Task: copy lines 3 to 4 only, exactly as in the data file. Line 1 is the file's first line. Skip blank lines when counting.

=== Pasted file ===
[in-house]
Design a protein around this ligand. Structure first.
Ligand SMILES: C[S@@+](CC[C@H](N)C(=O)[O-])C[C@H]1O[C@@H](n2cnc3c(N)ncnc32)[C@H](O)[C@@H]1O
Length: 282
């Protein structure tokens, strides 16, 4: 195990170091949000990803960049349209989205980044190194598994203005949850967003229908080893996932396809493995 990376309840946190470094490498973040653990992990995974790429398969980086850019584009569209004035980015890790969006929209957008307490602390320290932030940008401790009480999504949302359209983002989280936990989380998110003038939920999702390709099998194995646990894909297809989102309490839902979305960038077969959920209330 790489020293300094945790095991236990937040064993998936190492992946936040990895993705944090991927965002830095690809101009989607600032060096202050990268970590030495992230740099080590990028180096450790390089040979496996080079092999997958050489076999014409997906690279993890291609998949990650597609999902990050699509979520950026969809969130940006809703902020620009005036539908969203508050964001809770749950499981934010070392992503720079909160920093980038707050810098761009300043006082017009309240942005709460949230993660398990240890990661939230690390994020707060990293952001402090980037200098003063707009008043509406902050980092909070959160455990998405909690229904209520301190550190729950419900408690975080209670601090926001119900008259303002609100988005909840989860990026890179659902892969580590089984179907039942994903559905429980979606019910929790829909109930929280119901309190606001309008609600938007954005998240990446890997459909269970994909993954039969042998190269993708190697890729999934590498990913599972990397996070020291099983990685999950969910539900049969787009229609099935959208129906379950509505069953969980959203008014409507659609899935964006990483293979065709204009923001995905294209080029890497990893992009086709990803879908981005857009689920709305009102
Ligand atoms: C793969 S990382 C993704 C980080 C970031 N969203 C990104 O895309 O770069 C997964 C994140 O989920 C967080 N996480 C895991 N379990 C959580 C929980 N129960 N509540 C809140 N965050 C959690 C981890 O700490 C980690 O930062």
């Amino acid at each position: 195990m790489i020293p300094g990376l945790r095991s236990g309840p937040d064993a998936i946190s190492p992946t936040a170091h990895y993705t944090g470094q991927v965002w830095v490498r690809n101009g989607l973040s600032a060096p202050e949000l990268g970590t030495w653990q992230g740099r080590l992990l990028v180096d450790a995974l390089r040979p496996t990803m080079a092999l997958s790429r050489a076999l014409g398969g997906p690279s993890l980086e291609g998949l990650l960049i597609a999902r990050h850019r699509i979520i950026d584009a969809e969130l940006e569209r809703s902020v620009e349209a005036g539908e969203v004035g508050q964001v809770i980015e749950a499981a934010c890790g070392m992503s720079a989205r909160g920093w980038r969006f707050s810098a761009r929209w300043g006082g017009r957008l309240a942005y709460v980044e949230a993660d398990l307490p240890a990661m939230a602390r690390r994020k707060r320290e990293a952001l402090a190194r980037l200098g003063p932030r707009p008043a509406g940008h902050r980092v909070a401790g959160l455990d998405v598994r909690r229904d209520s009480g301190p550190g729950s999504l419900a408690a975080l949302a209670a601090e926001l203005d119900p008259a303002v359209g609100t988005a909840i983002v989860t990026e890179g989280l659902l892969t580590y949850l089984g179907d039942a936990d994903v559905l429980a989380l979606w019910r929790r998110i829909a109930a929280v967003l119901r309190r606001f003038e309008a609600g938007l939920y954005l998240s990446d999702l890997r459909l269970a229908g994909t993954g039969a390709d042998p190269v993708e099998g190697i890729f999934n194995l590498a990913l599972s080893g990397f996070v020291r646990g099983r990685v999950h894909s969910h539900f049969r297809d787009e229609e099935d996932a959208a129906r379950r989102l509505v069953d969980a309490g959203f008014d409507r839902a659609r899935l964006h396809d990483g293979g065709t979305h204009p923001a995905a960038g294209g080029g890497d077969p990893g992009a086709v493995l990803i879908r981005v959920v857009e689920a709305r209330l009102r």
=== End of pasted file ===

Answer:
Ligand SMILES: C[S@@+](CC[C@H](N)C(=O)[O-])C[C@H]1O[C@@H](n2cnc3c(N)ncnc32)[C@H](O)[C@@H]1O
Length: 282